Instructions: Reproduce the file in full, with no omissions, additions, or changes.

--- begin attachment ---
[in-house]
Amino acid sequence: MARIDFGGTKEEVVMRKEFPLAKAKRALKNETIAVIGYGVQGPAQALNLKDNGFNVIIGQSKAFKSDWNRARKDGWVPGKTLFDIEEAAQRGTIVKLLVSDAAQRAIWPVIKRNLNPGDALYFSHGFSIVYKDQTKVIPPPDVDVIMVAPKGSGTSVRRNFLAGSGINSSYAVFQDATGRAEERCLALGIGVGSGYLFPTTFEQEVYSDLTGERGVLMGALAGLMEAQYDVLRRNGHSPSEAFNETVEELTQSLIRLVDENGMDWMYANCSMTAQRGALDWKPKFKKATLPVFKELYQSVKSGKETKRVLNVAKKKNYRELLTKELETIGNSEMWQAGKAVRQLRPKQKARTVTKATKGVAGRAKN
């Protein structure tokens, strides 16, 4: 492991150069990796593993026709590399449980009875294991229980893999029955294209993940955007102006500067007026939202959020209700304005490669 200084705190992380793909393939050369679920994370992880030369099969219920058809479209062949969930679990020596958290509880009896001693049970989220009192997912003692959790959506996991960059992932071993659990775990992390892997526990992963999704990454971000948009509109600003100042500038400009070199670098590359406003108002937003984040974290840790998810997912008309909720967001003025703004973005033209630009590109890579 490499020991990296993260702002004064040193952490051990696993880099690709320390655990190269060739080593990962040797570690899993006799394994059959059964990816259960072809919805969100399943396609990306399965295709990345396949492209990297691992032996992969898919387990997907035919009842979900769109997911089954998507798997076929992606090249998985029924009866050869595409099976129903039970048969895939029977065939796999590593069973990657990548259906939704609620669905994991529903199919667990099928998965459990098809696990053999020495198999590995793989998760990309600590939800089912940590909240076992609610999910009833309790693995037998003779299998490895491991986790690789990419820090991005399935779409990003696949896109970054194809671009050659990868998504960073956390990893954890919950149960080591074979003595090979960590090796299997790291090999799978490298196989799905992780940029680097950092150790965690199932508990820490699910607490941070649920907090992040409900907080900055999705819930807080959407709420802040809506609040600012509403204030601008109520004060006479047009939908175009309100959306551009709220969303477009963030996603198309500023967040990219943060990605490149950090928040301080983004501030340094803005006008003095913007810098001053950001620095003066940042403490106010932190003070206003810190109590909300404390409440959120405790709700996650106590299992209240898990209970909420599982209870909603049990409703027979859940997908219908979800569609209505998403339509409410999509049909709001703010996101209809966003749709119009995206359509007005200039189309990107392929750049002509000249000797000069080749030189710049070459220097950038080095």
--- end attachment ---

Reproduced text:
[in-house]
Amino acid sequence: MARIDFGGTKEEVVMRKEFPLAKAKRALKNETIAVIGYGVQGPAQALNLKDNGFNVIIGQSKAFKSDWNRARKDGWVPGKTLFDIEEAAQRGTIVKLLVSDAAQRAIWPVIKRNLNPGDALYFSHGFSIVYKDQTKVIPPPDVDVIMVAPKGSGTSVRRNFLAGSGINSSYAVFQDATGRAEERCLALGIGVGSGYLFPTTFEQEVYSDLTGERGVLMGALAGLMEAQYDVLRRNGHSPSEAFNETVEELTQSLIRLVDENGMDWMYANCSMTAQRGALDWKPKFKKATLPVFKELYQSVKSGKETKRVLNVAKKKNYRELLTKELETIGNSEMWQAGKAVRQLRPKQKARTVTKATKGVAGRAKN
């Protein structure tokens, strides 16, 4: 492991150069990796593993026709590399449980009875294991229980893999029955294209993940955007102006500067007026939202959020209700304005490669 200084705190992380793909393939050369679920994370992880030369099969219920058809479209062949969930679990020596958290509880009896001693049970989220009192997912003692959790959506996991960059992932071993659990775990992390892997526990992963999704990454971000948009509109600003100042500038400009070199670098590359406003108002937003984040974290840790998810997912008309909720967001003025703004973005033209630009590109890579 490499020991990296993260702002004064040193952490051990696993880099690709320390655990190269060739080593990962040797570690899993006799394994059959059964990816259960072809919805969100399943396609990306399965295709990345396949492209990297691992032996992969898919387990997907035919009842979900769109997911089954998507798997076929992606090249998985029924009866050869595409099976129903039970048969895939029977065939796999590593069973990657990548259906939704609620669905994991529903199919667990099928998965459990098809696990053999020495198999590995793989998760990309600590939800089912940590909240076992609610999910009833309790693995037998003779299998490895491991986790690789990419820090991005399935779409990003696949896109970054194809671009050659990868998504960073956390990893954890919950149960080591074979003595090979960590090796299997790291090999799978490298196989799905992780940029680097950092150790965690199932508990820490699910607490941070649920907090992040409900907080900055999705819930807080959407709420802040809506609040600012509403204030601008109520004060006479047009939908175009309100959306551009709220969303477009963030996603198309500023967040990219943060990605490149950090928040301080983004501030340094803005006008003095913007810098001053950001620095003066940042403490106010932190003070206003810190109590909300404390409440959120405790709700996650106590299992209240898990209970909420599982209870909603049990409703027979859940997908219908979800569609209505998403339509409410999509049909709001703010996101209809966003749709119009995206359509007005200039189309990107392929750049002509000249000797000069080749030189710049070459220097950038080095």